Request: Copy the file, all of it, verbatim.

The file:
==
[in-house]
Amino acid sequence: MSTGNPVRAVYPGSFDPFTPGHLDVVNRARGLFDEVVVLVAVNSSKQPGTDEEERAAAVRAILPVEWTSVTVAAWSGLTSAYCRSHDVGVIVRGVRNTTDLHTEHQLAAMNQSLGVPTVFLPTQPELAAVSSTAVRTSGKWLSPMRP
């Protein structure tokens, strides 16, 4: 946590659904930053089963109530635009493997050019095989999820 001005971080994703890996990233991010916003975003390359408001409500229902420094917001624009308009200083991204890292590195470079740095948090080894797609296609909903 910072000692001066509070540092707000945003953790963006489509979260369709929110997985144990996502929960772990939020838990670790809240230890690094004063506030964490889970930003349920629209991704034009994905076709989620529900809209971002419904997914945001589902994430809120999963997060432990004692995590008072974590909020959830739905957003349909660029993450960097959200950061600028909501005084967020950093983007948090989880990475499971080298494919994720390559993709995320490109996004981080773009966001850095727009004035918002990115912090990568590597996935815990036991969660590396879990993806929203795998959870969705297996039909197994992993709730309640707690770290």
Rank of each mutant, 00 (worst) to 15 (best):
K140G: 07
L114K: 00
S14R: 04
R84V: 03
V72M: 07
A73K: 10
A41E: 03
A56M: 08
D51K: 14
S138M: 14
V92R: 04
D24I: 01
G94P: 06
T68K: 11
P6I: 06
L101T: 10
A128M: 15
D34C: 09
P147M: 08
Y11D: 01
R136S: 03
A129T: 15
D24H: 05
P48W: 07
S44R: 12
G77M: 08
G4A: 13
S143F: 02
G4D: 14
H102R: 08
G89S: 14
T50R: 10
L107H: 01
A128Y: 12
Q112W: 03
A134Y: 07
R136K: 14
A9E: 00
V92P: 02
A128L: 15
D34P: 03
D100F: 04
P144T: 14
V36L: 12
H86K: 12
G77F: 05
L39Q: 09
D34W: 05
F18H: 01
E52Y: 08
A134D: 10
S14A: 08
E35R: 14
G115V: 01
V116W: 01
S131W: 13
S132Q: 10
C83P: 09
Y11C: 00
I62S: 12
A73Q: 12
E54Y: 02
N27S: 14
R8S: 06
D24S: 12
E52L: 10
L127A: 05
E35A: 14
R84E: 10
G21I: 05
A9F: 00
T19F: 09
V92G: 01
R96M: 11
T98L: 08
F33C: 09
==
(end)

[in-house]
Amino acid sequence: MSTGNPVRAVYPGSFDPFTPGHLDVVNRARGLFDEVVVLVAVNSSKQPGTDEEERAAAVRAILPVEWTSVTVAAWSGLTSAYCRSHDVGVIVRGVRNTTDLHTEHQLAAMNQSLGVPTVFLPTQPELAAVSSTAVRTSGKWLSPMRP
């Protein structure tokens, strides 16, 4: 946590659904930053089963109530635009493997050019095989999820 001005971080994703890996990233991010916003975003390359408001409500229902420094917001624009308009200083991204890292590195470079740095948090080894797609296609909903 910072000692001066509070540092707000945003953790963006489509979260369709929110997985144990996502929960772990939020838990670790809240230890690094004063506030964490889970930003349920629209991704034009994905076709989620529900809209971002419904997914945001589902994430809120999963997060432990004692995590008072974590909020959830739905957003349909660029993450960097959200950061600028909501005084967020950093983007948090989880990475499971080298494919994720390559993709995320490109996004981080773009966001850095727009004035918002990115912090990568590597996935815990036991969660590396879990993806929203795998959870969705297996039909197994992993709730309640707690770290």
Rank of each mutant, 00 (worst) to 15 (best):
K140G: 07
L114K: 00
S14R: 04
R84V: 03
V72M: 07
A73K: 10
A41E: 03
A56M: 08
D51K: 14
S138M: 14
V92R: 04
D24I: 01
G94P: 06
T68K: 11
P6I: 06
L101T: 10
A128M: 15
D34C: 09
P147M: 08
Y11D: 01
R136S: 03
A129T: 15
D24H: 05
P48W: 07
S44R: 12
G77M: 08
G4A: 13
S143F: 02
G4D: 14
H102R: 08
G89S: 14
T50R: 10
L107H: 01
A128Y: 12
Q112W: 03
A134Y: 07
R136K: 14
A9E: 00
V92P: 02
A128L: 15
D34P: 03
D100F: 04
P144T: 14
V36L: 12
H86K: 12
G77F: 05
L39Q: 09
D34W: 05
F18H: 01
E52Y: 08
A134D: 10
S14A: 08
E35R: 14
G115V: 01
V116W: 01
S131W: 13
S132Q: 10
C83P: 09
Y11C: 00
I62S: 12
A73Q: 12
E54Y: 02
N27S: 14
R8S: 06
D24S: 12
E52L: 10
L127A: 05
E35A: 14
R84E: 10
G21I: 05
A9F: 00
T19F: 09
V92G: 01
R96M: 11
T98L: 08
F33C: 09